Today was a big test for me because I had never played a festival all by myself. It’s always been in a group setting with other musicians backing me up. it’s a really different feel, you almost feel like you’re naked up there. Just having the same confidence in my solo show as I do with my bands. I just have to let go of all the fear, and inevitably it all comes out great. Or, it comes out. What’s done is done. [laughs]

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What’s your greatest strength?

The bass guitar feels like an extension of my body. I’m really comfortable on the bass, I’ve spent thousands of hours. That’s what I know that I really own.

How do you feel being one of the few Asian musicians at this festival?

My father’s from Japan. I think it’s important for all Canadians of our generation to have people represent them that are of mixed race and mixed backgrounds. We don’t always have the same experience as our Canadian friends who grew up here. There’s limitations, we don’t always have the same opportunities.

Particularly being in BC with a large Asian population, I think it’s just representative of the times. We’re not defined racially by music anymore – I don’t think so. I think that all the gates are open and everyone is welcome to all forms of music. I’m proud that I play what some people would consider “black music.” I just play it by the soul.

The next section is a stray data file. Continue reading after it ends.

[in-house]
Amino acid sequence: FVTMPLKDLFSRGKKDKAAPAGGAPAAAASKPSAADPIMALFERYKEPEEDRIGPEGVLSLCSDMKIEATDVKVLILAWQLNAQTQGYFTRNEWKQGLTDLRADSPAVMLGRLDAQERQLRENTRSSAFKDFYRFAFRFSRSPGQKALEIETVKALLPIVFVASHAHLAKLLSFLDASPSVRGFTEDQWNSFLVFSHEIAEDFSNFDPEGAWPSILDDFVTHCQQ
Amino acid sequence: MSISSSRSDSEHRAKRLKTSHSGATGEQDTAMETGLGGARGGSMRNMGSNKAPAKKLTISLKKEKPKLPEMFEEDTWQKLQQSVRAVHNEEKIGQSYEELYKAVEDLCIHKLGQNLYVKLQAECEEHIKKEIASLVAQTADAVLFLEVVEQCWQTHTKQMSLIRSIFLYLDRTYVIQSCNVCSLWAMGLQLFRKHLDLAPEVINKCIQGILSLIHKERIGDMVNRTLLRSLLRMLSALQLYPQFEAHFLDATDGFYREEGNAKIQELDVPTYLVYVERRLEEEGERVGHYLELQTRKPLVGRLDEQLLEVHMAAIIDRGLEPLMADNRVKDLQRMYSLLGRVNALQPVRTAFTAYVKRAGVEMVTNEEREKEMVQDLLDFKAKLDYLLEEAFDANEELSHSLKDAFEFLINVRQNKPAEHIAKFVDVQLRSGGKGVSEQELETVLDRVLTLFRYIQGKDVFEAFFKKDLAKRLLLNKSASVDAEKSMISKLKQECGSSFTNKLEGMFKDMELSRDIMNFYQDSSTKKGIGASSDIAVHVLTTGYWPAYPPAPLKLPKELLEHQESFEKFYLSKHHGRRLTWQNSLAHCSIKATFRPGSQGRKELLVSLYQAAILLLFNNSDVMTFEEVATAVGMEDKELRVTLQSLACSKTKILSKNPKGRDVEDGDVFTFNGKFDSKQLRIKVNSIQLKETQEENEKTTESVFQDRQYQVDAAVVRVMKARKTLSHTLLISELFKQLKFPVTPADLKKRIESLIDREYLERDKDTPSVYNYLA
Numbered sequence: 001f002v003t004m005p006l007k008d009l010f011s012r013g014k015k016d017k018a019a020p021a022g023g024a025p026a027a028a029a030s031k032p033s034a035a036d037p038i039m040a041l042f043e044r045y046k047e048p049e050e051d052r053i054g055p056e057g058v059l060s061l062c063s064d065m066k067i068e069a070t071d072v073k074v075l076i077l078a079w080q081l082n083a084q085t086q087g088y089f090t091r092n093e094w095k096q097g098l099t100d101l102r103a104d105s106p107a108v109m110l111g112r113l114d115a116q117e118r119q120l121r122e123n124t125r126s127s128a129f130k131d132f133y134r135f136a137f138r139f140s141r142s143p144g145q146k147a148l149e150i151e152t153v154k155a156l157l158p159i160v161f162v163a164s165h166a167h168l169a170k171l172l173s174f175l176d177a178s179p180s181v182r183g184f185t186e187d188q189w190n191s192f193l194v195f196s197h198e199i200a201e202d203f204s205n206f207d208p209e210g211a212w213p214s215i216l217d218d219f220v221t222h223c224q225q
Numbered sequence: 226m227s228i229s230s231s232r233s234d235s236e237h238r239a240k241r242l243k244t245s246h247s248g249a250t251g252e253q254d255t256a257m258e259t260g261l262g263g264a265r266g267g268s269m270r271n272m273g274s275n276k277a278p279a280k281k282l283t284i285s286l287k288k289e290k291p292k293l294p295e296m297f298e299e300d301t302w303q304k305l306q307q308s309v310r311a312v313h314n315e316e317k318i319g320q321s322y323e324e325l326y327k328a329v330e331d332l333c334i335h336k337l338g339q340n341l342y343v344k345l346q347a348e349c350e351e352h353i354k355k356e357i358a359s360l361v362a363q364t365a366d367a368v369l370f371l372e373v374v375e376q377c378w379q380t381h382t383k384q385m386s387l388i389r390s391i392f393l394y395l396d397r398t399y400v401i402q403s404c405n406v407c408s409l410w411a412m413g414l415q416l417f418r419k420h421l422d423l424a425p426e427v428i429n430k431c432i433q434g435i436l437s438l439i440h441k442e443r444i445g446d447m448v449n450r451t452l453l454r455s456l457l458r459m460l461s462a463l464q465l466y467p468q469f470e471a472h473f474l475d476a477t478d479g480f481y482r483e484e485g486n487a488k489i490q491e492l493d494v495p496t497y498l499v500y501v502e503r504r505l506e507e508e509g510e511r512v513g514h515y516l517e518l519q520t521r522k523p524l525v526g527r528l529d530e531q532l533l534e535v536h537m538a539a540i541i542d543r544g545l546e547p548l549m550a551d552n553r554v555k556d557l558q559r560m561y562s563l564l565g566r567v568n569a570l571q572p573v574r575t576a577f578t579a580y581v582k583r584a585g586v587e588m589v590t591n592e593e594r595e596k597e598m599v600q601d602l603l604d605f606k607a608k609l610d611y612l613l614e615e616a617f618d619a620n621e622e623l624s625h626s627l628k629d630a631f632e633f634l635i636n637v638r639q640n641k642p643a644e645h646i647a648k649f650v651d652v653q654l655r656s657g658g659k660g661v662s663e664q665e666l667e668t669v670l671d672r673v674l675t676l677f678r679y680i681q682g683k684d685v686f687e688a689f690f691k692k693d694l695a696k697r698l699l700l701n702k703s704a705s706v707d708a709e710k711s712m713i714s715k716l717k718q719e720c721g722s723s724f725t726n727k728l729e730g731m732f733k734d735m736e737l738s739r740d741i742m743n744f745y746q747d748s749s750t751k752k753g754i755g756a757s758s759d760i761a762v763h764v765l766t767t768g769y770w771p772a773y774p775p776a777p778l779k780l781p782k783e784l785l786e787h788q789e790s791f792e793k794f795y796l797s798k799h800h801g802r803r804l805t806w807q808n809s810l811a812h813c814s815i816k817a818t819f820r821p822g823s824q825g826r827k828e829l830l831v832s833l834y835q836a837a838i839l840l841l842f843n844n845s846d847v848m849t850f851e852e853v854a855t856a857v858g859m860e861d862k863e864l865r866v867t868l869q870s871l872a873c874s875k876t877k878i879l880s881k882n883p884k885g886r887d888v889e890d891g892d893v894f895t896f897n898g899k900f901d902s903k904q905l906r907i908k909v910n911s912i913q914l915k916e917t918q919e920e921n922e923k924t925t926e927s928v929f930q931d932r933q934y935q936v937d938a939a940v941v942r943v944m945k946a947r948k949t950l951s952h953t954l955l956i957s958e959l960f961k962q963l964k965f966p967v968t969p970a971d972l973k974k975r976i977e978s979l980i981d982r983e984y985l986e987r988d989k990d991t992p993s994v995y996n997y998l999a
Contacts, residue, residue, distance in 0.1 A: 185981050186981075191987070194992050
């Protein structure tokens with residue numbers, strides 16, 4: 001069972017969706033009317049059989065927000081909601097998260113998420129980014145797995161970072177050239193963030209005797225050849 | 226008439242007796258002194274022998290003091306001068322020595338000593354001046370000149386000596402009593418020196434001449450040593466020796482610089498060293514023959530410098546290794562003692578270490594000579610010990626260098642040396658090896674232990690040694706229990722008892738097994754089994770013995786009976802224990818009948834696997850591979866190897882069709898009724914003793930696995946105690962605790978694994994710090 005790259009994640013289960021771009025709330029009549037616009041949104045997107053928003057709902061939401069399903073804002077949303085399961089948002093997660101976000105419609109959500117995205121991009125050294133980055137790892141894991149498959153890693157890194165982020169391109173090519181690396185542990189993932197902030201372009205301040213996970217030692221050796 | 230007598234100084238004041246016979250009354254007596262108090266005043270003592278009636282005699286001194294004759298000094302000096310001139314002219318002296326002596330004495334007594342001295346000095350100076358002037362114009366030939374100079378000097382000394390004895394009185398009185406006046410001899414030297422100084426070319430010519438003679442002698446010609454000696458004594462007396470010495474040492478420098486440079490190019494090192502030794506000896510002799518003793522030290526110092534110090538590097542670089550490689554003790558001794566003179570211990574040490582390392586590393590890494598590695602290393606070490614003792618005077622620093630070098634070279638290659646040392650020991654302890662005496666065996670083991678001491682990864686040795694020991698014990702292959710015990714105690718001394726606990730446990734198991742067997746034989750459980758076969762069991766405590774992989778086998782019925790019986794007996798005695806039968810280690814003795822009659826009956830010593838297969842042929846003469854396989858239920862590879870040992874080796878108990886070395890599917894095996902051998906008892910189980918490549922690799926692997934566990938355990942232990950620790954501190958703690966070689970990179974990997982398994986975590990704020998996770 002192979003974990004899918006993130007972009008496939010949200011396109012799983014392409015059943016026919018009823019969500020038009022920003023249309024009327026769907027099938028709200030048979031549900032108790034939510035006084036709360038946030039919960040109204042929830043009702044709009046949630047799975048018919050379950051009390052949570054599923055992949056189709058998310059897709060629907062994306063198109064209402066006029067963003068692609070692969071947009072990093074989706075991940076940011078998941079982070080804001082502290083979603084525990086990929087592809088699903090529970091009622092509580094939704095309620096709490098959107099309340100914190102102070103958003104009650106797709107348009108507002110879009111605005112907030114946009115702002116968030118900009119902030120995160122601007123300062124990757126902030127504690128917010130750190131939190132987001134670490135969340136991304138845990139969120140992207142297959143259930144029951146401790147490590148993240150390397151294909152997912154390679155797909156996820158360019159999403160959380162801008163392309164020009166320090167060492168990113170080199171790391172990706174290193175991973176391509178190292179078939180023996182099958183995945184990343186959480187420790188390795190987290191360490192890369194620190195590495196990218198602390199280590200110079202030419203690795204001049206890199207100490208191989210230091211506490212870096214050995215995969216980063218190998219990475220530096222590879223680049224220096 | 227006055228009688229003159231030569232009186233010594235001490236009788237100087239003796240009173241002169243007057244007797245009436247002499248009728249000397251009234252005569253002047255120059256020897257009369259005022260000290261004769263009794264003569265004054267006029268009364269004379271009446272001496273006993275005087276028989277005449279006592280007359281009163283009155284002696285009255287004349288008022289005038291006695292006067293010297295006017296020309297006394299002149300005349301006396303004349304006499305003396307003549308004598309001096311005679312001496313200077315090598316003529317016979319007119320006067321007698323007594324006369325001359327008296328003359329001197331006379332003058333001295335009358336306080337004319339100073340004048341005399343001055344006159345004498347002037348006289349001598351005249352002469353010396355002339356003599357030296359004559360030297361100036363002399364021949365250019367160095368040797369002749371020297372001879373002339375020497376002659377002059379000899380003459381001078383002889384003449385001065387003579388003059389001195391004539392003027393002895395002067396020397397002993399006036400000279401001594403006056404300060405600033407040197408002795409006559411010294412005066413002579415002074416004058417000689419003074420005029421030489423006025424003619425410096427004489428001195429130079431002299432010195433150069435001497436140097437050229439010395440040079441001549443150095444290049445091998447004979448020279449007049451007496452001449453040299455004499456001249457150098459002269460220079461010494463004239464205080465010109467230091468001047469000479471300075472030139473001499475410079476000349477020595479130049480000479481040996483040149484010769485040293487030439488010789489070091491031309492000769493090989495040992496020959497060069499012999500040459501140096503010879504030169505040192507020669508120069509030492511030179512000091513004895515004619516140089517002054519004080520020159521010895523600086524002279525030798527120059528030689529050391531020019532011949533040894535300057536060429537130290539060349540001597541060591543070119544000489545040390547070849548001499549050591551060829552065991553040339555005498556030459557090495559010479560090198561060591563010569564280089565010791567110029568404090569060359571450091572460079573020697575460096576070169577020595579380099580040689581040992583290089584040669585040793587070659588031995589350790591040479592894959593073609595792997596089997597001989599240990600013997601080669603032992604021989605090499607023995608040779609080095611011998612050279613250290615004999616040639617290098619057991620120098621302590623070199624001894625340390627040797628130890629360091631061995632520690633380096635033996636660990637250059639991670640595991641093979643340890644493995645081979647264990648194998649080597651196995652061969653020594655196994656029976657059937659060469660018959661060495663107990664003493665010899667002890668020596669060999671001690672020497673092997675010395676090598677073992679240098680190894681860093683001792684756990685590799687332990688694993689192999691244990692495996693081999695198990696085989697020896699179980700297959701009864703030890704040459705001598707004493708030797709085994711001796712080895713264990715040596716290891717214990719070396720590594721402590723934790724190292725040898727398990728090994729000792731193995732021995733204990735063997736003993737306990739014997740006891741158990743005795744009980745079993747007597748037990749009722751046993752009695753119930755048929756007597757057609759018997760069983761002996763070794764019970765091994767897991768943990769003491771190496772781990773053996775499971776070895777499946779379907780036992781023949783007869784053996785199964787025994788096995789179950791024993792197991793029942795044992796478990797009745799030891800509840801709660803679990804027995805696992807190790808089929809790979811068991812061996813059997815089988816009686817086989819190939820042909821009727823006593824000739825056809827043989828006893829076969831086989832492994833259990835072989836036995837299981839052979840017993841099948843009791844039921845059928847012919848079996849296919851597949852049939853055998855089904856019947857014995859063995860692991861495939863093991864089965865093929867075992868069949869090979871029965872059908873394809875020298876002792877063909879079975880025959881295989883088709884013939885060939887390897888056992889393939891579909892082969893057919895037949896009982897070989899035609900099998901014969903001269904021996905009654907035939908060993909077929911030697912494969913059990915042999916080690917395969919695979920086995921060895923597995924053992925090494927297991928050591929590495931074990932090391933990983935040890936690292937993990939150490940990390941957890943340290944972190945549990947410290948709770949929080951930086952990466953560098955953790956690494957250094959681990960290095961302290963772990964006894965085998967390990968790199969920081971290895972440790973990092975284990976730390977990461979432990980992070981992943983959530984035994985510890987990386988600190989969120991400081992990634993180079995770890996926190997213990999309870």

Any examples of backlash?

Sometimes. I like to play ‘black’ music and it’s almost racist to say that. It’s sometimes hard because people will judge you by your race before they ever hear your music. For me to overcome that stereotype alone, has been challenging at times. Sometimes people hear recordings and they expect me to be black. And when they find out I’m not, they think I’m not as ‘legit.’ I like to break down those barriers.

BB King said to me: “There’s black chocolate and there’s white chocolate. But it’s all chocolate.”

You’ve performed a lot in Japan throughout the years. What’s that like?

It’s really interesting. It’s totally different. Most of the venues I play in, they’re not drinking alcohol – they’re sitting and watching me. You really have to work to get people to dance in Japan. The role of the audience is to sit and listen, and until I really encourage people to get out of their seats and to lose their inhibitions – that’s when the party got going. People really take to my music when they can be a part of my show and let themselves go.